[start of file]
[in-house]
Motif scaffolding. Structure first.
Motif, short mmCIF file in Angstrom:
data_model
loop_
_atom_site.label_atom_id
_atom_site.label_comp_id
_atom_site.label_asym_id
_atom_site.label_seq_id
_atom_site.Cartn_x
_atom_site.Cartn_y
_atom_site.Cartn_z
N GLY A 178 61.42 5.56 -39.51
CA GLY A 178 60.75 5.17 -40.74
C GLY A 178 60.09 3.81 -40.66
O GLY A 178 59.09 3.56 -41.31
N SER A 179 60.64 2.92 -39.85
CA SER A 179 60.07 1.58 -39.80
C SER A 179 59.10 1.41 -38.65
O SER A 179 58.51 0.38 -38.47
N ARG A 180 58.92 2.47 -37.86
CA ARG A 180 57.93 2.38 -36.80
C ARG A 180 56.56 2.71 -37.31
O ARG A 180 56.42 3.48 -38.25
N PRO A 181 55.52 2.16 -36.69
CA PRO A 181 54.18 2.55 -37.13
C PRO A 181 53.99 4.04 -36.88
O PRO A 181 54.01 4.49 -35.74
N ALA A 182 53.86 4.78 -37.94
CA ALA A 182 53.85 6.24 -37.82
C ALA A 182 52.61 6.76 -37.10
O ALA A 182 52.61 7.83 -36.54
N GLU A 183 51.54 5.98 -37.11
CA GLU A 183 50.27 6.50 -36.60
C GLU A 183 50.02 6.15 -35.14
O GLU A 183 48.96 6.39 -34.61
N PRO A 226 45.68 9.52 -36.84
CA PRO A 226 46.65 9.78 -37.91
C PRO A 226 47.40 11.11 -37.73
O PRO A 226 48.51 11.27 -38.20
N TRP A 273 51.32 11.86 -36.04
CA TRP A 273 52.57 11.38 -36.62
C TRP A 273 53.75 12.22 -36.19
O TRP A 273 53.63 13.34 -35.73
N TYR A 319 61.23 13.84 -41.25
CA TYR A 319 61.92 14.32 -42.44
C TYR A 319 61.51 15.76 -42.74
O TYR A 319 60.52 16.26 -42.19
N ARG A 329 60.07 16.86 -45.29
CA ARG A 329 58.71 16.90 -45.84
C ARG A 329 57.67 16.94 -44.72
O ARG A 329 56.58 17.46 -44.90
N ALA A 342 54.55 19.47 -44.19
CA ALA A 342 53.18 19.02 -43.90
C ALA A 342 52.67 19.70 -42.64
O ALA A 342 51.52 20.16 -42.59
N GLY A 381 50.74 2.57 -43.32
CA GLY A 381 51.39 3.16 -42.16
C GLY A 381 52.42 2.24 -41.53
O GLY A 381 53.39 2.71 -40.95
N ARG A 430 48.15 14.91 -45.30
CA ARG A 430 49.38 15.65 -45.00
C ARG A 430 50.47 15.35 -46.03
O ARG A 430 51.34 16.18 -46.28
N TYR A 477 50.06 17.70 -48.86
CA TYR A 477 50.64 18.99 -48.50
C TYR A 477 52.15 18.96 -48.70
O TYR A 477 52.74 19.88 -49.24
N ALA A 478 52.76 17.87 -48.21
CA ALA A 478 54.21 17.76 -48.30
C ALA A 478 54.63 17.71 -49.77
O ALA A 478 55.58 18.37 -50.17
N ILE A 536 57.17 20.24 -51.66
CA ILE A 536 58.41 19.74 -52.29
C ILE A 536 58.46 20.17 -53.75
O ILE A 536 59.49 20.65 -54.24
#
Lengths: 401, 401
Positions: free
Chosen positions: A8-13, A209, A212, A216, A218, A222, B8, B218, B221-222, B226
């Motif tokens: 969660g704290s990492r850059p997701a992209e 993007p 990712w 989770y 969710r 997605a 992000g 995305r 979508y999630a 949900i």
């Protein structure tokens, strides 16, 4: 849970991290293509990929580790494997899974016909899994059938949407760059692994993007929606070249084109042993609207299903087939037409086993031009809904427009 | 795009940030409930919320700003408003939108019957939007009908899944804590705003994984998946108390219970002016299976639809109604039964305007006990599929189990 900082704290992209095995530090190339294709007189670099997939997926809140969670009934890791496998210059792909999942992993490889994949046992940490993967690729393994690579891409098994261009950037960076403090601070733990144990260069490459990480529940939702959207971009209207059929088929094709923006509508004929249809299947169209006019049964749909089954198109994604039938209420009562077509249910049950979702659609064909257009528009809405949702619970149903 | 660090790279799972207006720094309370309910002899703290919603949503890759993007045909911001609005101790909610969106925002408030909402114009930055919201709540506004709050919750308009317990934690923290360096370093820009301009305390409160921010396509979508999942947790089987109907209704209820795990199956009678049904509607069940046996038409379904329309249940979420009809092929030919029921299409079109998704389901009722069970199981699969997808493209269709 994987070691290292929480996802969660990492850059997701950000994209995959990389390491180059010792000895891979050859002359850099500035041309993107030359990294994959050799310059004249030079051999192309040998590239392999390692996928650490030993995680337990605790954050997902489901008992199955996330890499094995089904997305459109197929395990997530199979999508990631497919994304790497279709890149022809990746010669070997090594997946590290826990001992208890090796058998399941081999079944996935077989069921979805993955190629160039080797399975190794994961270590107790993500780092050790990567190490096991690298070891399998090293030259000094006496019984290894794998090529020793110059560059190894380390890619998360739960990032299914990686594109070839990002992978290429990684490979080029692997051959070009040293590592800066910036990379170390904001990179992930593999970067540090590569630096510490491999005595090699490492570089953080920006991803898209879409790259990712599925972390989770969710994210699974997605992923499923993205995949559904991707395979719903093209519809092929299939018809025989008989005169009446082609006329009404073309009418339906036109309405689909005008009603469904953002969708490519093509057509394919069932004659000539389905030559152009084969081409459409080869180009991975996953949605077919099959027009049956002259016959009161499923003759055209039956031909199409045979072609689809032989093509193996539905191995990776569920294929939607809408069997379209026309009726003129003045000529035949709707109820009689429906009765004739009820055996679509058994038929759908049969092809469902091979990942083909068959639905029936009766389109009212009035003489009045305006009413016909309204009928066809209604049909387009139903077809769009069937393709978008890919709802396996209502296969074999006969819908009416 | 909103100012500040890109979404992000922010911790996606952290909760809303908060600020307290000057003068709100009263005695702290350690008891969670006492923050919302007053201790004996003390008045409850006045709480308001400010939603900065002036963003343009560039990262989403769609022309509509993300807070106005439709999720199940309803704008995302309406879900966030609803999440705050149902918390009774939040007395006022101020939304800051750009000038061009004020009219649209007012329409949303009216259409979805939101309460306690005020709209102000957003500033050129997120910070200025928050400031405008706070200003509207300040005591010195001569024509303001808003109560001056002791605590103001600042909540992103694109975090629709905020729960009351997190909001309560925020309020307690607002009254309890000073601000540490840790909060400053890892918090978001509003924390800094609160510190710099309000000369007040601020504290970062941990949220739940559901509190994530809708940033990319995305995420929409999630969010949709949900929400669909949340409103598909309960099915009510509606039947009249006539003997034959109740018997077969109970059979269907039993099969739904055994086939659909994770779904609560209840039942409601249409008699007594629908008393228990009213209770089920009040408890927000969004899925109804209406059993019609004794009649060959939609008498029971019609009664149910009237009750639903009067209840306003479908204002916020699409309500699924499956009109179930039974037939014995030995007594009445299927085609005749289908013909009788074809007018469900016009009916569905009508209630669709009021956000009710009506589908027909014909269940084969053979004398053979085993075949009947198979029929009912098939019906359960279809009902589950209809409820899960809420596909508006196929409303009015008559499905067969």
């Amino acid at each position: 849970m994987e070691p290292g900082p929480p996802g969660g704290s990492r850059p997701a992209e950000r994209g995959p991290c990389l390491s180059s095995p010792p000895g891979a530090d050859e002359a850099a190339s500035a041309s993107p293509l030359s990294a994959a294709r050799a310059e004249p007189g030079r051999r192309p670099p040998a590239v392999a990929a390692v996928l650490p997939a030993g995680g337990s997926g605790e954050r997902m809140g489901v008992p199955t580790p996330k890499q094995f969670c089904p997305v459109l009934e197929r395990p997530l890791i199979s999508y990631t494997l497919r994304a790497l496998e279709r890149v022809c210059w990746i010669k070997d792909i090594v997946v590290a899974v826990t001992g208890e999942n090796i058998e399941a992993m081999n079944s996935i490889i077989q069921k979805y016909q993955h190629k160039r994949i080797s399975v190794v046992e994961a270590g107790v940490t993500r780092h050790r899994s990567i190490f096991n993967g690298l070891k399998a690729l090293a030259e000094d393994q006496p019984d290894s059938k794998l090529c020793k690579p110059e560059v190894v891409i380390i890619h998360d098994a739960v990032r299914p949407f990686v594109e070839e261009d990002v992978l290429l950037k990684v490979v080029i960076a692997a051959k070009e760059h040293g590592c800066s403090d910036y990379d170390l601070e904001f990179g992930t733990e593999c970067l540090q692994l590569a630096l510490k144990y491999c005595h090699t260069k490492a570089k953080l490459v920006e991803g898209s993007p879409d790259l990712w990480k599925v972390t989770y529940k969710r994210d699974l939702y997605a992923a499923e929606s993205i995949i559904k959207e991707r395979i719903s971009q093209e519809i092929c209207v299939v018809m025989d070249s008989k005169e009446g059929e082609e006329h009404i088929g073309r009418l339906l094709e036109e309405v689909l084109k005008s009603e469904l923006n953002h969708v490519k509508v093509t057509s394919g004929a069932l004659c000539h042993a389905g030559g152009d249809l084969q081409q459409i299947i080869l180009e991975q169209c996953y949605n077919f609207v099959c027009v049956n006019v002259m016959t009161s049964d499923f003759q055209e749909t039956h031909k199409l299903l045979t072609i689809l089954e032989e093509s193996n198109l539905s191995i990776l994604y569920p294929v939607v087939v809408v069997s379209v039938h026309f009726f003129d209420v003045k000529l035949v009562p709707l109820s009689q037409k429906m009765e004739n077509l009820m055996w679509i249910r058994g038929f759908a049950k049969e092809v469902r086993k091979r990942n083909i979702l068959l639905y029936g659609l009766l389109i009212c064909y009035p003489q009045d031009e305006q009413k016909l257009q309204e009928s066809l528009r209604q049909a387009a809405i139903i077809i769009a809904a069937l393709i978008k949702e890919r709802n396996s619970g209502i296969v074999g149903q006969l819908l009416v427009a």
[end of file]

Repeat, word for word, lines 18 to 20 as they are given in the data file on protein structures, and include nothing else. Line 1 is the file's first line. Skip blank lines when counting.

CA SER A 179 60.07 1.58 -39.80
C SER A 179 59.10 1.41 -38.65
O SER A 179 58.51 0.38 -38.47